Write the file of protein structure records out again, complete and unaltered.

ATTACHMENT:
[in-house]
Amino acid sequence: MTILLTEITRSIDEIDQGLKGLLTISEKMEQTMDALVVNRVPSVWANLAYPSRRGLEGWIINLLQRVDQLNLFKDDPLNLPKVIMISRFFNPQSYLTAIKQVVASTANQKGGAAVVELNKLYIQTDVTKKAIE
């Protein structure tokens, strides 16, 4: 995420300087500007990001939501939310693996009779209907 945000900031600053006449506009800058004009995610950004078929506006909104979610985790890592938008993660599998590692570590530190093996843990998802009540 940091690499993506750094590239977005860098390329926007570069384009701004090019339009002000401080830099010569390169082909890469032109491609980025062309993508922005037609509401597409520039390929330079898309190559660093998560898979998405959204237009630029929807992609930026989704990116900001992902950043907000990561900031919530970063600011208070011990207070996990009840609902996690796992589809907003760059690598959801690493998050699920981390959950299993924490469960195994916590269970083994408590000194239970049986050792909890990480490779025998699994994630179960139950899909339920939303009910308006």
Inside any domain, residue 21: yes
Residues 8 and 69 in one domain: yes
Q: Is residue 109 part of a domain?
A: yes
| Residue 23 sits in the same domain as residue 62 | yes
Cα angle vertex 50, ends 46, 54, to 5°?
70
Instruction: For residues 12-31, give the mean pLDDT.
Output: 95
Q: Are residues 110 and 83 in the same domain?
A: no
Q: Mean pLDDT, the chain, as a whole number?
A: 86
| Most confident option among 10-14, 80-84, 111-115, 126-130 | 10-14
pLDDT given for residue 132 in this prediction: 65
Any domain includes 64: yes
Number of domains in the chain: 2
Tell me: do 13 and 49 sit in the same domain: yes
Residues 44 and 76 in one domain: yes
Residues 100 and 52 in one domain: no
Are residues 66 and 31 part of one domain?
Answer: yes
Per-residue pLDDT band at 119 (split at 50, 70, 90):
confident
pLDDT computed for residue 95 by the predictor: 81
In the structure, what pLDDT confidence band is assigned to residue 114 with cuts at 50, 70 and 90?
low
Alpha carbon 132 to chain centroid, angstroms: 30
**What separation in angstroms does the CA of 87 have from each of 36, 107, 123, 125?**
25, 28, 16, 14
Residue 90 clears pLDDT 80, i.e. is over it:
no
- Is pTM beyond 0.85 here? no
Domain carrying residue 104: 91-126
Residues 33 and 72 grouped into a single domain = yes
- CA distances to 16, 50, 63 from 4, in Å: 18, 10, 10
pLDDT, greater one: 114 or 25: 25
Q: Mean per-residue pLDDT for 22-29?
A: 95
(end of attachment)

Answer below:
[in-house]
Amino acid sequence: MTILLTEITRSIDEIDQGLKGLLTISEKMEQTMDALVVNRVPSVWANLAYPSRRGLEGWIINLLQRVDQLNLFKDDPLNLPKVIMISRFFNPQSYLTAIKQVVASTANQKGGAAVVELNKLYIQTDVTKKAIE
């Protein structure tokens, strides 16, 4: 995420300087500007990001939501939310693996009779209907 945000900031600053006449506009800058004009995610950004078929506006909104979610985790890592938008993660599998590692570590530190093996843990998802009540 940091690499993506750094590239977005860098390329926007570069384009701004090019339009002000401080830099010569390169082909890469032109491609980025062309993508922005037609509401597409520039390929330079898309190559660093998560898979998405959204237009630029929807992609930026989704990116900001992902950043907000990561900031919530970063600011208070011990207070996990009840609902996690796992589809907003760059690598959801690493998050699920981390959950299993924490469960195994916590269970083994408590000194239970049986050792909890990480490779025998699994994630179960139950899909339920939303009910308006």
Inside any domain, residue 21: yes
Residues 8 and 69 in one domain: yes
Q: Is residue 109 part of a domain?
A: yes
| Residue 23 sits in the same domain as residue 62 | yes
Cα angle vertex 50, ends 46, 54, to 5°?
70
Instruction: For residues 12-31, give the mean pLDDT.
Output: 95
Q: Are residues 110 and 83 in the same domain?
A: no
Q: Mean pLDDT, the chain, as a whole number?
A: 86
| Most confident option among 10-14, 80-84, 111-115, 126-130 | 10-14
pLDDT given for residue 132 in this prediction: 65
Any domain includes 64: yes
Number of domains in the chain: 2
Tell me: do 13 and 49 sit in the same domain: yes
Residues 44 and 76 in one domain: yes
Residues 100 and 52 in one domain: no
Are residues 66 and 31 part of one domain?
Answer: yes
Per-residue pLDDT band at 119 (split at 50, 70, 90):
confident
pLDDT computed for residue 95 by the predictor: 81
In the structure, what pLDDT confidence band is assigned to residue 114 with cuts at 50, 70 and 90?
low
Alpha carbon 132 to chain centroid, angstroms: 30
**What separation in angstroms does the CA of 87 have from each of 36, 107, 123, 125?**
25, 28, 16, 14
Residue 90 clears pLDDT 80, i.e. is over it:
no
- Is pTM beyond 0.85 here? no
Domain carrying residue 104: 91-126
Residues 33 and 72 grouped into a single domain = yes
- CA distances to 16, 50, 63 from 4, in Å: 18, 10, 10
pLDDT, greater one: 114 or 25: 25
Q: Mean per-residue pLDDT for 22-29?
A: 95